Spiritual Narratives in Everyday Life
The “Spiritual Narratives in Everyday Life” project was directed by Nancy Ammerman, Professor of Sociology of Religion in the School of Theology and the Department of Sociology at Boston University. The project was hosted by BU’s Institute on Religion, Culture, and World Affairs, in partnership with the Center on Myth and Ritual in American Life, at Emory University.
The project seeks to generate data with which to think more creatively about the way religion works in American society. When do people frame their action as part of a religious story, and when do they not — and what difference does that make? How do religious beliefs and experiences relate to the stories of everyday life? What role do religious institutions and friendships play in supplying and shaping those stories? By gathering and analyzing religious life histories and everyday life stories, this project examined the prevalence, variations, and forms of religious consciousness and action.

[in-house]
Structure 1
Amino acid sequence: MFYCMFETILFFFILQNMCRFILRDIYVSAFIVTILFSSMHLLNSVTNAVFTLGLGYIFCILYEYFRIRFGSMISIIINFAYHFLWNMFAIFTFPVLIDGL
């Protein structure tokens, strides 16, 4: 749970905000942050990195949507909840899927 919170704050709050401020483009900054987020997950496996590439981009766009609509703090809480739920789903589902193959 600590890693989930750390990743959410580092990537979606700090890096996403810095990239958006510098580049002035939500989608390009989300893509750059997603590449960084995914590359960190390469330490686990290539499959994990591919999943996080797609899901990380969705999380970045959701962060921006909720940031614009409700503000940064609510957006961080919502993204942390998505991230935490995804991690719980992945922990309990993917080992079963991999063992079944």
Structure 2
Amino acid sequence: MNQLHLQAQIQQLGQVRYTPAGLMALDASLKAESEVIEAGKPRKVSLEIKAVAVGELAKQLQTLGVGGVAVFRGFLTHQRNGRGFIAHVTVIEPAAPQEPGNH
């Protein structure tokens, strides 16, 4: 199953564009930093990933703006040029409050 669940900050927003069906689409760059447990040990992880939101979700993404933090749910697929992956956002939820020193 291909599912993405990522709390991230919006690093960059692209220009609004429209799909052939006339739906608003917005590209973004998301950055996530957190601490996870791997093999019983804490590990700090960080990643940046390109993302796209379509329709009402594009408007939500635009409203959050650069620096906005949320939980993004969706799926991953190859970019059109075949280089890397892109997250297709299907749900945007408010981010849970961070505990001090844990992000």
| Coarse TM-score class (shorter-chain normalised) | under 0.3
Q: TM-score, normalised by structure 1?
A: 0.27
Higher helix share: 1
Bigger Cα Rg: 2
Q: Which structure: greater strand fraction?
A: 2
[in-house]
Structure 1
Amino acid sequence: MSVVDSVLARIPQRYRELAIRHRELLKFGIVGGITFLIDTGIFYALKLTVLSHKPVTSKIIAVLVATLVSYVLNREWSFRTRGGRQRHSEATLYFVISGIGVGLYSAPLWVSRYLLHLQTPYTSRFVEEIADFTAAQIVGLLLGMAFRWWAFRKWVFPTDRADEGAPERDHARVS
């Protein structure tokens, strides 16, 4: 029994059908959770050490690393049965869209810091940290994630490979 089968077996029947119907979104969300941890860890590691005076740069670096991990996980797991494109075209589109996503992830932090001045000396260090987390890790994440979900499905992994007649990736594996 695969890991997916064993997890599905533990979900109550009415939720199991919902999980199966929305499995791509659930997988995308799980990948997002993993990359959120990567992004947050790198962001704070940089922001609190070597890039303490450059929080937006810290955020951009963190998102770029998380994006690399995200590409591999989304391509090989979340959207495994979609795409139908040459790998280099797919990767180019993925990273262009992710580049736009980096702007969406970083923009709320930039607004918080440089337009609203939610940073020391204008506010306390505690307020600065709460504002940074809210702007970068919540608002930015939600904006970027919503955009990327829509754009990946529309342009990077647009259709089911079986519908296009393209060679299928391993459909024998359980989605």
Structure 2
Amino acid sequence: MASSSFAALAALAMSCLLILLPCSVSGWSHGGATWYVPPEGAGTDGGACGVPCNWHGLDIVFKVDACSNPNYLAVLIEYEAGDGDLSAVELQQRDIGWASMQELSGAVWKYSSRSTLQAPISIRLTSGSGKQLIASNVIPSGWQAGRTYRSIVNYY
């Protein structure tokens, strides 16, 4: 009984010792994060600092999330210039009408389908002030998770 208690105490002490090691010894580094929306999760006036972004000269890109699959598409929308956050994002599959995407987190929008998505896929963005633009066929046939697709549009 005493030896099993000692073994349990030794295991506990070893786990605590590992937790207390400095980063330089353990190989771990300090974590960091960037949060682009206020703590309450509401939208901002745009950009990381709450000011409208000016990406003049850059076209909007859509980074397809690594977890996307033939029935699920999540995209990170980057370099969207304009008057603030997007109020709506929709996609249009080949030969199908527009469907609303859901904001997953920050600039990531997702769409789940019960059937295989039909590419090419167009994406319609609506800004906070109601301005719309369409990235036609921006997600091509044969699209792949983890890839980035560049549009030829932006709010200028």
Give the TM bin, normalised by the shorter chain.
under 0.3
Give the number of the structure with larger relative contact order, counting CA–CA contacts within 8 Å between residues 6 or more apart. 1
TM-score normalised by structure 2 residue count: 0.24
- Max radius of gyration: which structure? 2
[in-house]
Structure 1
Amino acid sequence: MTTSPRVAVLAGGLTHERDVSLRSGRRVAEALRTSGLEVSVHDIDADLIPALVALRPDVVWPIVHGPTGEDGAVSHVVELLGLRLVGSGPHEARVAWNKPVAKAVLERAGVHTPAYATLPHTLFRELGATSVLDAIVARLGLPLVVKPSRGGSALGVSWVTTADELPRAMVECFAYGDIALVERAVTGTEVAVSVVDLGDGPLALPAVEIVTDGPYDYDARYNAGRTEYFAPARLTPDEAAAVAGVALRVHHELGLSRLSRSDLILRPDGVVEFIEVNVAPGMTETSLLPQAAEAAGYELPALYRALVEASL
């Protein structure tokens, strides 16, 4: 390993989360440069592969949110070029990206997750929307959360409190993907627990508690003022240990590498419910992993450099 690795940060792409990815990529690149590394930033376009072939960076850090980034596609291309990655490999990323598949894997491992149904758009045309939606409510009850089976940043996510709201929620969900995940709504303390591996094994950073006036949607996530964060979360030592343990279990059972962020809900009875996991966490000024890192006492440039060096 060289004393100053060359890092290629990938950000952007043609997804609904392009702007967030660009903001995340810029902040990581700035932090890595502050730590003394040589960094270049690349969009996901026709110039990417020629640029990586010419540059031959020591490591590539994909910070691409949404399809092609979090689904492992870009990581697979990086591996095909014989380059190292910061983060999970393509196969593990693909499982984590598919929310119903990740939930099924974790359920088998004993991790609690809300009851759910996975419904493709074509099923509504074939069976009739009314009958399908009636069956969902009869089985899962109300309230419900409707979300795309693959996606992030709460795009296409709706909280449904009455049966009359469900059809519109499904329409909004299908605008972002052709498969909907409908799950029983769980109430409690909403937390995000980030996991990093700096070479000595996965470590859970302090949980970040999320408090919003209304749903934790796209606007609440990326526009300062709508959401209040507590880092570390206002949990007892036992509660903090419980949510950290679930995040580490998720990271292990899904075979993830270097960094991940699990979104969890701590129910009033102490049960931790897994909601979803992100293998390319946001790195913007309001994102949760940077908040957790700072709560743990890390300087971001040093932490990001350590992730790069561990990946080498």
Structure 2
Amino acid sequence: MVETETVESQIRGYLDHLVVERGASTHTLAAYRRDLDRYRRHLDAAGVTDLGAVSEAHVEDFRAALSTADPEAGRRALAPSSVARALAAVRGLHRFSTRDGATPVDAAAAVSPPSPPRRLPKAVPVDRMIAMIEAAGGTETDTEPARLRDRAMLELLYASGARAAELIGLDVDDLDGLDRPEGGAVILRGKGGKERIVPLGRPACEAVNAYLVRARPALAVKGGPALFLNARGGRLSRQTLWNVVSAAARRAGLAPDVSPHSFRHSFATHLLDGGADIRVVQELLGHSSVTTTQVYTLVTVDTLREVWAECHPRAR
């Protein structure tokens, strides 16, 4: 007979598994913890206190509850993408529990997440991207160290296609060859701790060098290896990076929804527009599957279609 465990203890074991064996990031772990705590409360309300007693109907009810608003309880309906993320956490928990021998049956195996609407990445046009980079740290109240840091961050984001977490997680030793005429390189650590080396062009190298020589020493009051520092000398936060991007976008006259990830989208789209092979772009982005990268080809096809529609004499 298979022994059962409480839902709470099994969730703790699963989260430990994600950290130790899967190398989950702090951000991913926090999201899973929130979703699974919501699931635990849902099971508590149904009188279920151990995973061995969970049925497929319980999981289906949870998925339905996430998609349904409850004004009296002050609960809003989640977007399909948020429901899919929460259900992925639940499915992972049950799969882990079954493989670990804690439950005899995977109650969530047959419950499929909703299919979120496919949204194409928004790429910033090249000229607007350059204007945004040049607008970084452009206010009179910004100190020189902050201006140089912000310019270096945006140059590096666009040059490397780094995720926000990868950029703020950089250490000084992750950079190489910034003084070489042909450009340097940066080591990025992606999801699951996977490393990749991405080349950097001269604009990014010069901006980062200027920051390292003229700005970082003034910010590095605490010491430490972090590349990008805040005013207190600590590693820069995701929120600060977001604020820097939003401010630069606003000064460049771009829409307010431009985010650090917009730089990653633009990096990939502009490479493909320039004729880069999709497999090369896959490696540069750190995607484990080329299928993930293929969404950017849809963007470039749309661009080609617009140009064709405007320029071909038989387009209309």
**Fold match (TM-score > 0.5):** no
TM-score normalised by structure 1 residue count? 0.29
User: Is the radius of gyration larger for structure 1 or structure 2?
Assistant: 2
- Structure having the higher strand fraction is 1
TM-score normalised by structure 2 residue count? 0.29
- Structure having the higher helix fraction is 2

The project paid special attention to how spiritual narratives vary across social sectors — from stories about work and family to stories about politics and social concerns. Are “secular” arenas really secular? It will examine how religious traditions themselves influence everyday spiritual stories. Those studied came from across a wide spectrum of religious and spiritual traditions, as well as some who claim no religious affiliation at all. The project attends to the role of the larger culture by gathering data in two different cultural locations – Boston and Atlanta. What kinds of stories and modes of story-telling are present in these very different places?
Methodologically, the project developed and deployed innovative approaches to these questions by analyzing spirituality in its narrative form. Who are the actors, what are they doing, where is the action set, and what motivations and emotions shape the mix of sacred and secular strands in each story? Data gathering will combine interviewing, on-site observations in religious communities of which subjects are a part, photographic documentation of significant sites in the subject’s life, and daily guided oral diaries.
Data collection will involve a team of researchers in each location and will extend from 2006, through 2007, with early reports of results expected in 2008.